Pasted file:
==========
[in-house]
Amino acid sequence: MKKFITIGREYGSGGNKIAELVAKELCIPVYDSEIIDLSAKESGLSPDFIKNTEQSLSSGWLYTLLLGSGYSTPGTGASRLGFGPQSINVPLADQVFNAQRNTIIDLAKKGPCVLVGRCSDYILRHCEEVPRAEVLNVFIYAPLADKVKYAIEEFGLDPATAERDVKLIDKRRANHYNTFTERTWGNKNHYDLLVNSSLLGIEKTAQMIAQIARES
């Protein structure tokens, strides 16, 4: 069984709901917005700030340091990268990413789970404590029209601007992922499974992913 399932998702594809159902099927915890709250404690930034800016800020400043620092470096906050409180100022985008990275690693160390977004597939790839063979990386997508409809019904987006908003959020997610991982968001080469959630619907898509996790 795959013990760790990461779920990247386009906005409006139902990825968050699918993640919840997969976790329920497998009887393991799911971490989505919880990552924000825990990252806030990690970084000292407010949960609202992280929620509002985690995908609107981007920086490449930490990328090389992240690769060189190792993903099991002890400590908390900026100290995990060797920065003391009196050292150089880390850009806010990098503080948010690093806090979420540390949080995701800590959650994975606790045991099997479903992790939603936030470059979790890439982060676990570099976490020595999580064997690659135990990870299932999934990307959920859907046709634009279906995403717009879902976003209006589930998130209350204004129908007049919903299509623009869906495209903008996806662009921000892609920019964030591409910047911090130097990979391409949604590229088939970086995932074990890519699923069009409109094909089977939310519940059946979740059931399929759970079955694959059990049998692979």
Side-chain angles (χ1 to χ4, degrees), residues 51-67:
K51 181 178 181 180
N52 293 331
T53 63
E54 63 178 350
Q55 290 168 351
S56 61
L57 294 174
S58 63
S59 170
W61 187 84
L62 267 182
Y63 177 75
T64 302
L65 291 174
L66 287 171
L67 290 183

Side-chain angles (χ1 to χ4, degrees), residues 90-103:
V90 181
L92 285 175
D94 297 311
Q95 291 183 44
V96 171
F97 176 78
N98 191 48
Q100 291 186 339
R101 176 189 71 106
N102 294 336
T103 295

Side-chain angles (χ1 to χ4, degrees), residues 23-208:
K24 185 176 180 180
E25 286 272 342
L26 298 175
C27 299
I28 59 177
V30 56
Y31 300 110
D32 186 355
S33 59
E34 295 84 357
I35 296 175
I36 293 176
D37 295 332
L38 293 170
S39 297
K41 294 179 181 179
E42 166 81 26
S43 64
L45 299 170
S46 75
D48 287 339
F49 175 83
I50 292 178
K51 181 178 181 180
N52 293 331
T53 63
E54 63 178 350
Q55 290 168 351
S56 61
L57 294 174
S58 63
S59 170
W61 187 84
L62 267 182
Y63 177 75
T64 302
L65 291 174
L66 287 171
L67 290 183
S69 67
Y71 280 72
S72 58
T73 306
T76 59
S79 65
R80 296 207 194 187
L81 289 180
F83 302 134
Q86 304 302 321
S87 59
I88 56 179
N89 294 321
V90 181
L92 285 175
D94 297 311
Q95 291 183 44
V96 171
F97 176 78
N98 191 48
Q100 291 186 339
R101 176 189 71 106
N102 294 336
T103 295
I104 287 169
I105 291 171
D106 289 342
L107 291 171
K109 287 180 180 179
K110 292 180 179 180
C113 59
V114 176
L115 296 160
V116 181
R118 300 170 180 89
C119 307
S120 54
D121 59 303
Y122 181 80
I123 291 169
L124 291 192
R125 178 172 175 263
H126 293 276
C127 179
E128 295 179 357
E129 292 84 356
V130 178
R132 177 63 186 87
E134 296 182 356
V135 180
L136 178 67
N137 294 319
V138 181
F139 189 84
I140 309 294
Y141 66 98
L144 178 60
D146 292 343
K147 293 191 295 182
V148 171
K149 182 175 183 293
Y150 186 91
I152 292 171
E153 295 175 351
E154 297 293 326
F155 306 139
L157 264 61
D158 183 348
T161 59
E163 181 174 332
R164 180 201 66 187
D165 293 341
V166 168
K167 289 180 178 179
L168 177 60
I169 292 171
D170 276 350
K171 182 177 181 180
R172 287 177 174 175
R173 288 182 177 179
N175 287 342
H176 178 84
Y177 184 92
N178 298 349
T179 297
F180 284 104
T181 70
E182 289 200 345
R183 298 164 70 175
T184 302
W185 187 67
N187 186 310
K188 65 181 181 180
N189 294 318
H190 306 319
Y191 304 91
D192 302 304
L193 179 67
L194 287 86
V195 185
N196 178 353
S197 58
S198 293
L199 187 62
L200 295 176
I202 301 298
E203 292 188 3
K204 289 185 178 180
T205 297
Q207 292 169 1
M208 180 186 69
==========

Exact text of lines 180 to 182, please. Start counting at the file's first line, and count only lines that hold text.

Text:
K204 289 185 178 180
T205 297
Q207 292 169 1